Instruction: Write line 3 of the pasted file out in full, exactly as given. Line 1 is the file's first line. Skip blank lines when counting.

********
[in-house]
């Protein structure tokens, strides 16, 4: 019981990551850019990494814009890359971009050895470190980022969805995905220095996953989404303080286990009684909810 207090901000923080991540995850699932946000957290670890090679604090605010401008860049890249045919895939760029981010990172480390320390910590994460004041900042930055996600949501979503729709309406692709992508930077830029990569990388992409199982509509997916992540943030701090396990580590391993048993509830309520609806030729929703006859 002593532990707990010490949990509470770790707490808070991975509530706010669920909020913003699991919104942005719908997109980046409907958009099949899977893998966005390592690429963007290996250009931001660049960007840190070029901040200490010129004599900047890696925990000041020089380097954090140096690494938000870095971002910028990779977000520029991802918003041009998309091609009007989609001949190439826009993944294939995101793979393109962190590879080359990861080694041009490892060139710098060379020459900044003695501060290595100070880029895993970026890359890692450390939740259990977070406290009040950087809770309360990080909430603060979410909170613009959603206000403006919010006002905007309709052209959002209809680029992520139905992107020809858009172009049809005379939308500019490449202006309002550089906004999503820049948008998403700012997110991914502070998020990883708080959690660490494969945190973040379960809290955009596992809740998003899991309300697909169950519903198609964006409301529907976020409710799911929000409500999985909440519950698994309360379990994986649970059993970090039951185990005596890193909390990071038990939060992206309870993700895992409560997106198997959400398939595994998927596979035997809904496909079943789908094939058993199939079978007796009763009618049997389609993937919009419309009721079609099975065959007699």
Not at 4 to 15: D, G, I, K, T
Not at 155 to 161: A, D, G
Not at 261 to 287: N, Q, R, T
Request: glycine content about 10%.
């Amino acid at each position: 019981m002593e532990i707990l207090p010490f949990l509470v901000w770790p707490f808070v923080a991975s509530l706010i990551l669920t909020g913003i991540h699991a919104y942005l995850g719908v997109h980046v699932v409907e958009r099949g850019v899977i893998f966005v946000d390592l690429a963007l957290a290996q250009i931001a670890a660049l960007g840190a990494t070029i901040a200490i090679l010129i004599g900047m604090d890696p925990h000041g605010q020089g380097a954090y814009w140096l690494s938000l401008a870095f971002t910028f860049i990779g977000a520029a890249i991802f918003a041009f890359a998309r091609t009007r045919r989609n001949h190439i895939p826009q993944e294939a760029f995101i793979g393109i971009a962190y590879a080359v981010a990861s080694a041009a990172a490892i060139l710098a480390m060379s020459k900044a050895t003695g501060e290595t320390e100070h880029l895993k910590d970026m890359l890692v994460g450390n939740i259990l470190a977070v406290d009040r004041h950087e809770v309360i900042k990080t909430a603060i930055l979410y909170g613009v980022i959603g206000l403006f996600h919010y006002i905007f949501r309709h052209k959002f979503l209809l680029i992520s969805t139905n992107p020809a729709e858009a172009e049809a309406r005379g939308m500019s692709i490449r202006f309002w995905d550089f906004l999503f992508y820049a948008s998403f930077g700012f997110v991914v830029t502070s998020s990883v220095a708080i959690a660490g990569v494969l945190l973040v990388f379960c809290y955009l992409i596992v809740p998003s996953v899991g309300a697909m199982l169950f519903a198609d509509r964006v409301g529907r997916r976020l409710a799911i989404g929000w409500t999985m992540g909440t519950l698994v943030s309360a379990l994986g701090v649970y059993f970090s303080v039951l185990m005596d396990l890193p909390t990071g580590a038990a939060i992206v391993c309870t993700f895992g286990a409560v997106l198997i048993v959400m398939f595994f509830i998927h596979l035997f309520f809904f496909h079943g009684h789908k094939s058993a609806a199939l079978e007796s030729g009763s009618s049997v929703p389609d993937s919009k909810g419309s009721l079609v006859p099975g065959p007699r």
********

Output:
Not at 4 to 15: D, G, I, K, T